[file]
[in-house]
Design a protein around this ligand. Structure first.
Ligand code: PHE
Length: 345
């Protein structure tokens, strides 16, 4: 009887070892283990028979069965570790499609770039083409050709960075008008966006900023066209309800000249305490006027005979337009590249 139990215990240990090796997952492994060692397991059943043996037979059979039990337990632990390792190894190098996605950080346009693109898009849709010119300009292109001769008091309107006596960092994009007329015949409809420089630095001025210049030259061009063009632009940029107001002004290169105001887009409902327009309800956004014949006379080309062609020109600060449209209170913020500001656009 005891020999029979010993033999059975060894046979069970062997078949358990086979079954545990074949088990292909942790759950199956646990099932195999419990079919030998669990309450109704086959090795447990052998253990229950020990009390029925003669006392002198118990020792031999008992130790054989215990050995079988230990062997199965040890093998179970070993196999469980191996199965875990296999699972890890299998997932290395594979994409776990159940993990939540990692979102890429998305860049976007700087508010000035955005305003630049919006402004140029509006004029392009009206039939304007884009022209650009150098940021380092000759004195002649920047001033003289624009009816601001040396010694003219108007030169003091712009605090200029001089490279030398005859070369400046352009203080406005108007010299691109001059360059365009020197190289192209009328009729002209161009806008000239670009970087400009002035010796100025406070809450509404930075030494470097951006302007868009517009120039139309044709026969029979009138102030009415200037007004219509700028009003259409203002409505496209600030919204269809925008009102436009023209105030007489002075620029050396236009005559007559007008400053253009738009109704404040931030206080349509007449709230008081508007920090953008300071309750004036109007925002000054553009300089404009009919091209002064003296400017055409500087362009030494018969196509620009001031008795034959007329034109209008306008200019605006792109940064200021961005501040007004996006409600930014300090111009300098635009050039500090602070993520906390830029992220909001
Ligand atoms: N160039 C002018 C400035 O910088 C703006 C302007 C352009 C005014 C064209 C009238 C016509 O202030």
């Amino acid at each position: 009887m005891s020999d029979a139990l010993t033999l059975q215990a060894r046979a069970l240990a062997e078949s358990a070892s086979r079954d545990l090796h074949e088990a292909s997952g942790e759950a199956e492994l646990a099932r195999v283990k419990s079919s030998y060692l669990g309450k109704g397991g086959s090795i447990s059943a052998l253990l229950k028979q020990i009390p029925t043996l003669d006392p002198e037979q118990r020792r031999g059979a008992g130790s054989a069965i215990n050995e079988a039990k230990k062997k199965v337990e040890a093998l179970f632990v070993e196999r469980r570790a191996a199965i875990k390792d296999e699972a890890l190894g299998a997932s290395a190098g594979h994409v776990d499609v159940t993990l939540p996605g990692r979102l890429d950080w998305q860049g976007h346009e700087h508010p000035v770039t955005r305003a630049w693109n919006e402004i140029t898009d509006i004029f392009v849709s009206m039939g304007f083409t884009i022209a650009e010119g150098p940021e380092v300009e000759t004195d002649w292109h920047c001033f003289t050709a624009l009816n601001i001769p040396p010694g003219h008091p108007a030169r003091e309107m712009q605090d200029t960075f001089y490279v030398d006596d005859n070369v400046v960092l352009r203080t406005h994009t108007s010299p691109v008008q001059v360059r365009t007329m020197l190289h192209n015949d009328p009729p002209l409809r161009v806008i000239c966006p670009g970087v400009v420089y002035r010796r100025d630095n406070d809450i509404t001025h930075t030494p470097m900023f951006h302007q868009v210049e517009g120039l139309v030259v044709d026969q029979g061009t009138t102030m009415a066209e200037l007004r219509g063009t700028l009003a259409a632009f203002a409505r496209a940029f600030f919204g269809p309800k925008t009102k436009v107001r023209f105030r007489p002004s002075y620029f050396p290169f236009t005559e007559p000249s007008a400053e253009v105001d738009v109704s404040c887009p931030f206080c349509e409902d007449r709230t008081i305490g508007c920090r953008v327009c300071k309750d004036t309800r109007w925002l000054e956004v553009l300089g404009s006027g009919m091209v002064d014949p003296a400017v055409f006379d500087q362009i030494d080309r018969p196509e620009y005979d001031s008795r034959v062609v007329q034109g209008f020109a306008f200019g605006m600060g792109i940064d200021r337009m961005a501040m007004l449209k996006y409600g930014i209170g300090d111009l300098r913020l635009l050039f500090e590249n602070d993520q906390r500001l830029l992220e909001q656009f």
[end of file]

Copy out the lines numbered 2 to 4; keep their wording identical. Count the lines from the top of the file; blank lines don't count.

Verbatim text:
Design a protein around this ligand. Structure first.
Ligand code: PHE
Length: 345